_The 2012 Olympics are brimming with inspirational stories. As part of our Olympic coverage, each day HLNtv.com will spotlight someone that inspires us -- someone to root for. _
On the surface, Roger Hudson and Asenathi Jim are a classic pairing of opposites. Roger, who is in his 30s, grew up in a world of privilege, taking to sailing from a young age under the tutelage of his father, sailing great David Hudson. Asenathi Jim, 20, grew up in a ghetto, a relic of South African apartheid and a scar on the country's modern landscape.
Jim was an unlikely sailor, but as a teen he joined a sailing program for disadvantaged black youth and, showing promise, joined the Hudson family's sailing team under their foundation, RaceAhead. The foundation is designed to bring together sailing teams that represent a more diverse and accepting South Africa. As Jim improved his skill, Roger Hudson took notice, and in 2010 the team began sailing together.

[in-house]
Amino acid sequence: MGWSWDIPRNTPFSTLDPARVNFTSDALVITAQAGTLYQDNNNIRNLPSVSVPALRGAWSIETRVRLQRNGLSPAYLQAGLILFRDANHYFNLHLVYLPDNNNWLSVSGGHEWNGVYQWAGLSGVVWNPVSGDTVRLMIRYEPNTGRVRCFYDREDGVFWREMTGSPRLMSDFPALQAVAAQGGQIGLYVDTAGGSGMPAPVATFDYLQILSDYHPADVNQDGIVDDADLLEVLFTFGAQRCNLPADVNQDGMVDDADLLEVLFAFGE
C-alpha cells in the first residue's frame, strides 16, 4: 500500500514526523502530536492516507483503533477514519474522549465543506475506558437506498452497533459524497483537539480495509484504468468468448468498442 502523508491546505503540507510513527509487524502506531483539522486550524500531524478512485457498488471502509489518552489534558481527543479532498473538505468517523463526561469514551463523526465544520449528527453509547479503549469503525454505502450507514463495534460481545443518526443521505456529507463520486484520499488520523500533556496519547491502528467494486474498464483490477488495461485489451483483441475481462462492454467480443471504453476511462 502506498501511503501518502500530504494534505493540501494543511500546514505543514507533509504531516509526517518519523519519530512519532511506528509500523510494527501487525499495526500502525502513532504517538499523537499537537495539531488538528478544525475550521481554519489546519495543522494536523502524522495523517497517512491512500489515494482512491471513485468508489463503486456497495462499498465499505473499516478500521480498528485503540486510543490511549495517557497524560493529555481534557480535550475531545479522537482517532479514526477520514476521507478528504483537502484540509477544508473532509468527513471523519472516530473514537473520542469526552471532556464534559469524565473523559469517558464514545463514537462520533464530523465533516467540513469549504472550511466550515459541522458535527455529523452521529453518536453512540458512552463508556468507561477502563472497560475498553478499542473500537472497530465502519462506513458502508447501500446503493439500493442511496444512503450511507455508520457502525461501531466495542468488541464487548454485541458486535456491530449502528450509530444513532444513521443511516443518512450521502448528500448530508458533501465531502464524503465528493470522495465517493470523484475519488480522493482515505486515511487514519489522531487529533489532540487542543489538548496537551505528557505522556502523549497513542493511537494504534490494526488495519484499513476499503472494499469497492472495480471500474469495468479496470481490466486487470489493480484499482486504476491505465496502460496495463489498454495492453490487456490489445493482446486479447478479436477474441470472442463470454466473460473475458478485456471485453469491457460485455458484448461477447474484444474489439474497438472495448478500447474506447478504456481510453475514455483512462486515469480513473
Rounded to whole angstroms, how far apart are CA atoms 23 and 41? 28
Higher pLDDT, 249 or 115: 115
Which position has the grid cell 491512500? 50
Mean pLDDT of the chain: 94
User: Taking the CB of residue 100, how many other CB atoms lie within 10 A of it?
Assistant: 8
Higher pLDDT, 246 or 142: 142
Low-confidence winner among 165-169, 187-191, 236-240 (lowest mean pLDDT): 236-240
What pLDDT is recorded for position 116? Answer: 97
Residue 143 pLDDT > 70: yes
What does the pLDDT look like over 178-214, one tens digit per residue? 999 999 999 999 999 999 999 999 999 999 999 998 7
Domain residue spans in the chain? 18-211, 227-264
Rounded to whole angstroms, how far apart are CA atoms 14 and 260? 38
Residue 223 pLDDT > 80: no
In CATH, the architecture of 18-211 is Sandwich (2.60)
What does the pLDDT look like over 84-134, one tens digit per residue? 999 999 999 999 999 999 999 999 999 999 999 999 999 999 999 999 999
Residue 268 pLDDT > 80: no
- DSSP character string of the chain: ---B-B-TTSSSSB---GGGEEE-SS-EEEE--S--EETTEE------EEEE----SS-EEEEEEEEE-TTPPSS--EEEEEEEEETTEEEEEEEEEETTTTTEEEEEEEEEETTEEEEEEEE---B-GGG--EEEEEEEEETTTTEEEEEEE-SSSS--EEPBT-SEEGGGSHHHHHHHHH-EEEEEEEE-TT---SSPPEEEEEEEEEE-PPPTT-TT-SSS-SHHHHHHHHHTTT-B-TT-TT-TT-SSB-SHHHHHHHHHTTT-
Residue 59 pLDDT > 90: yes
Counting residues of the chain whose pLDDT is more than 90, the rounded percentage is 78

Their diverse backgrounds aren't the only thing that make Hudson and Jim special. Many Olympic sailing teams have been together for years, whereas Hudson and Jim have been together for less than two years. They are not a favorite to medal, but they have skyrocketed in the world rankings during their short time as partners, so they are hoping to make an impression during this year's Olympics -- and, hopefully, pave the way for Olympic success in 2016.
But to Hudson and Jim, it's not just about sailing. Sailing is about teamwork, and for this team of sailors from a country still haunted by the ghosts of racism, they are a symbol of a better society. "When we put aside our different backgrounds and cultures to work together, we can be very strong," Hudson says.
Jim agrees, and says that strength reaches far beyond their sport. "We are going to be a light in South Africa -- a good combination in and out of the water," he says.
The duo will compete in Monday's men's 470 sailing competition.